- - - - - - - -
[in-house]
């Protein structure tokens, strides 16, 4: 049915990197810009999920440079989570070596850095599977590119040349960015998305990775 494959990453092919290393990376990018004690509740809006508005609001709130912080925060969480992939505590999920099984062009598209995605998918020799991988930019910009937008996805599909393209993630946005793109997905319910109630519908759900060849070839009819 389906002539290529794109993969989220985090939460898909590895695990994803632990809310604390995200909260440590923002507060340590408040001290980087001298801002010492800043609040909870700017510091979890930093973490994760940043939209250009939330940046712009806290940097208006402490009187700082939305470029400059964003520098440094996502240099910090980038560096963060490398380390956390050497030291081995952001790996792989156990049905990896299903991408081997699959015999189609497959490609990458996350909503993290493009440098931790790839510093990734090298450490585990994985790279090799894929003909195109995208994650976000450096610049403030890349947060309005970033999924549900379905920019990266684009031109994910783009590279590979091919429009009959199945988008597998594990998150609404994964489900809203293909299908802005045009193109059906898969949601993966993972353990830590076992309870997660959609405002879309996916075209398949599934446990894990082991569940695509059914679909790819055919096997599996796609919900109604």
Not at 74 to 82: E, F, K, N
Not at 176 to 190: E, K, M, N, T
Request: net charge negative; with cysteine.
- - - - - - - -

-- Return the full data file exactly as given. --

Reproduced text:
[in-house]
């Protein structure tokens, strides 16, 4: 049915990197810009999920440079989570070596850095599977590119040349960015998305990775 494959990453092919290393990376990018004690509740809006508005609001709130912080925060969480992939505590999920099984062009598209995605998918020799991988930019910009937008996805599909393209993630946005793109997905319910109630519908759900060849070839009819 389906002539290529794109993969989220985090939460898909590895695990994803632990809310604390995200909260440590923002507060340590408040001290980087001298801002010492800043609040909870700017510091979890930093973490994760940043939209250009939330940046712009806290940097208006402490009187700082939305470029400059964003520098440094996502240099910090980038560096963060490398380390956390050497030291081995952001790996792989156990049905990896299903991408081997699959015999189609497959490609990458996350909503993290493009440098931790790839510093990734090298450490585990994985790279090799894929003909195109995208994650976000450096610049403030890349947060309005970033999924549900379905920019990266684009031109994910783009590279590979091919429009009959199945988008597998594990998150609404994964489900809203293909299908802005045009193109059906898969949601993966993972353990830590076992309870997660959609405002879309996916075209398949599934446990894990082991569940695509059914679909790819055919096997599996796609919900109604």
Not at 74 to 82: E, F, K, N
Not at 176 to 190: E, K, M, N, T
Request: net charge negative; with cysteine.